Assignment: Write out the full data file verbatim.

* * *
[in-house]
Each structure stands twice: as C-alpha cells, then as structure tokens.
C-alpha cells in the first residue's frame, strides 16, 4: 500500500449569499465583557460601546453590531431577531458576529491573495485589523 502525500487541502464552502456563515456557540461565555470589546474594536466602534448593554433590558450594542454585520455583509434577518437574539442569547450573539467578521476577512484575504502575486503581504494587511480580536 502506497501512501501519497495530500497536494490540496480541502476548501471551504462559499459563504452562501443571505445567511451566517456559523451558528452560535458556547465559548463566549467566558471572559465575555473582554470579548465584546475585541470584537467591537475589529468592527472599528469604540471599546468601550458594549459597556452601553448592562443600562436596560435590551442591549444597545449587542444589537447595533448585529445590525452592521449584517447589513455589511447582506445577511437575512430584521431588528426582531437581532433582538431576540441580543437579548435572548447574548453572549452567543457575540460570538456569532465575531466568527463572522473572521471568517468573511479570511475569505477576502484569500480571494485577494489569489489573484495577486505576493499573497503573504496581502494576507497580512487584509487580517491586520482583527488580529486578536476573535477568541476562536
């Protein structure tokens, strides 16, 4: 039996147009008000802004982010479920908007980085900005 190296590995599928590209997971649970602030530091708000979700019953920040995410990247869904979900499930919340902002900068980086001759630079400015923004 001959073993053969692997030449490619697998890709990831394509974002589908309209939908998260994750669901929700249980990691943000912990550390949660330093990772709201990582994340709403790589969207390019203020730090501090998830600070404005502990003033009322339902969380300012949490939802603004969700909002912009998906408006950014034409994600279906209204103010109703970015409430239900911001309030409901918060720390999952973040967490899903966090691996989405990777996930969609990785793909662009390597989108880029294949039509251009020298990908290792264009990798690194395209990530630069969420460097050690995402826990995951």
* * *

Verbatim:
[in-house]
Each structure stands twice: as C-alpha cells, then as structure tokens.
C-alpha cells in the first residue's frame, strides 16, 4: 500500500449569499465583557460601546453590531431577531458576529491573495485589523 502525500487541502464552502456563515456557540461565555470589546474594536466602534448593554433590558450594542454585520455583509434577518437574539442569547450573539467578521476577512484575504502575486503581504494587511480580536 502506497501512501501519497495530500497536494490540496480541502476548501471551504462559499459563504452562501443571505445567511451566517456559523451558528452560535458556547465559548463566549467566558471572559465575555473582554470579548465584546475585541470584537467591537475589529468592527472599528469604540471599546468601550458594549459597556452601553448592562443600562436596560435590551442591549444597545449587542444589537447595533448585529445590525452592521449584517447589513455589511447582506445577511437575512430584521431588528426582531437581532433582538431576540441580543437579548435572548447574548453572549452567543457575540460570538456569532465575531466568527463572522473572521471568517468573511479570511475569505477576502484569500480571494485577494489569489489573484495577486505576493499573497503573504496581502494576507497580512487584509487580517491586520482583527488580529486578536476573535477568541476562536
């Protein structure tokens, strides 16, 4: 039996147009008000802004982010479920908007980085900005 190296590995599928590209997971649970602030530091708000979700019953920040995410990247869904979900499930919340902002900068980086001759630079400015923004 001959073993053969692997030449490619697998890709990831394509974002589908309209939908998260994750669901929700249980990691943000912990550390949660330093990772709201990582994340709403790589969207390019203020730090501090998830600070404005502990003033009322339902969380300012949490939802603004969700909002912009998906408006950014034409994600279906209204103010109703970015409430239900911001309030409901918060720390999952973040967490899903966090691996989405990777996930969609990785793909662009390597989108880029294949039509251009020298990908290792264009990798690194395209990530630069969420460097050690995402826990995951």